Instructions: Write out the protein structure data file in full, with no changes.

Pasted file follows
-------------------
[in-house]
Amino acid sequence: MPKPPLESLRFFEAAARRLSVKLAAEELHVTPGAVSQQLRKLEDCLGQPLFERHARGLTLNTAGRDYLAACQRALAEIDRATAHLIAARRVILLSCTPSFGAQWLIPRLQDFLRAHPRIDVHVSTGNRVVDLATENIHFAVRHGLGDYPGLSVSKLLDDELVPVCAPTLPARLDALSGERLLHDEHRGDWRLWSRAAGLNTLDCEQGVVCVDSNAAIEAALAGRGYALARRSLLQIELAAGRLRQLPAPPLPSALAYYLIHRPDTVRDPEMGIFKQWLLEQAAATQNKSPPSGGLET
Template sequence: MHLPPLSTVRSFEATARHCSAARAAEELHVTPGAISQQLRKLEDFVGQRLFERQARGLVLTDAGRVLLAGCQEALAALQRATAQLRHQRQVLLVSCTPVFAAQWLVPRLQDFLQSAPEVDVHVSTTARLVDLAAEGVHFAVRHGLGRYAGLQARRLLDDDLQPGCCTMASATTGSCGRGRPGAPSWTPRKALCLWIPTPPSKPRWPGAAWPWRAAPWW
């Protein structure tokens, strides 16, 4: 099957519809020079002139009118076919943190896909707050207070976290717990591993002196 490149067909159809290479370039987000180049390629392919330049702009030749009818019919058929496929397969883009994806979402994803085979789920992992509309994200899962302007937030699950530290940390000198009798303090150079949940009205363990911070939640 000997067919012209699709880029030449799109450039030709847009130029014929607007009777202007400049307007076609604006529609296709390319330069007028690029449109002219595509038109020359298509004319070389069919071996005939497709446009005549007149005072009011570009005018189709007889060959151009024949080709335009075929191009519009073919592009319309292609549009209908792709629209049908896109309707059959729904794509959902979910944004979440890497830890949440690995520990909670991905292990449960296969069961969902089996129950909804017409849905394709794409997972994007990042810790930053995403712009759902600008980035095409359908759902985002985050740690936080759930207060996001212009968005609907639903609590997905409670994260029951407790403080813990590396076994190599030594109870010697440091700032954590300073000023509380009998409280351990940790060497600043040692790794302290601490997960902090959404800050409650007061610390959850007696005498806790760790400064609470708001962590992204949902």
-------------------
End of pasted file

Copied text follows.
[in-house]
Amino acid sequence: MPKPPLESLRFFEAAARRLSVKLAAEELHVTPGAVSQQLRKLEDCLGQPLFERHARGLTLNTAGRDYLAACQRALAEIDRATAHLIAARRVILLSCTPSFGAQWLIPRLQDFLRAHPRIDVHVSTGNRVVDLATENIHFAVRHGLGDYPGLSVSKLLDDELVPVCAPTLPARLDALSGERLLHDEHRGDWRLWSRAAGLNTLDCEQGVVCVDSNAAIEAALAGRGYALARRSLLQIELAAGRLRQLPAPPLPSALAYYLIHRPDTVRDPEMGIFKQWLLEQAAATQNKSPPSGGLET
Template sequence: MHLPPLSTVRSFEATARHCSAARAAEELHVTPGAISQQLRKLEDFVGQRLFERQARGLVLTDAGRVLLAGCQEALAALQRATAQLRHQRQVLLVSCTPVFAAQWLVPRLQDFLQSAPEVDVHVSTTARLVDLAAEGVHFAVRHGLGRYAGLQARRLLDDDLQPGCCTMASATTGSCGRGRPGAPSWTPRKALCLWIPTPPSKPRWPGAAWPWRAAPWW
């Protein structure tokens, strides 16, 4: 099957519809020079002139009118076919943190896909707050207070976290717990591993002196 490149067909159809290479370039987000180049390629392919330049702009030749009818019919058929496929397969883009994806979402994803085979789920992992509309994200899962302007937030699950530290940390000198009798303090150079949940009205363990911070939640 000997067919012209699709880029030449799109450039030709847009130029014929607007009777202007400049307007076609604006529609296709390319330069007028690029449109002219595509038109020359298509004319070389069919071996005939497709446009005549007149005072009011570009005018189709007889060959151009024949080709335009075929191009519009073919592009319309292609549009209908792709629209049908896109309707059959729904794509959902979910944004979440890497830890949440690995520990909670991905292990449960296969069961969902089996129950909804017409849905394709794409997972994007990042810790930053995403712009759902600008980035095409359908759902985002985050740690936080759930207060996001212009968005609907639903609590997905409670994260029951407790403080813990590396076994190599030594109870010697440091700032954590300073000023509380009998409280351990940790060497600043040692790794302290601490997960902090959404800050409650007061610390959850007696005498806790760790400064609470708001962590992204949902």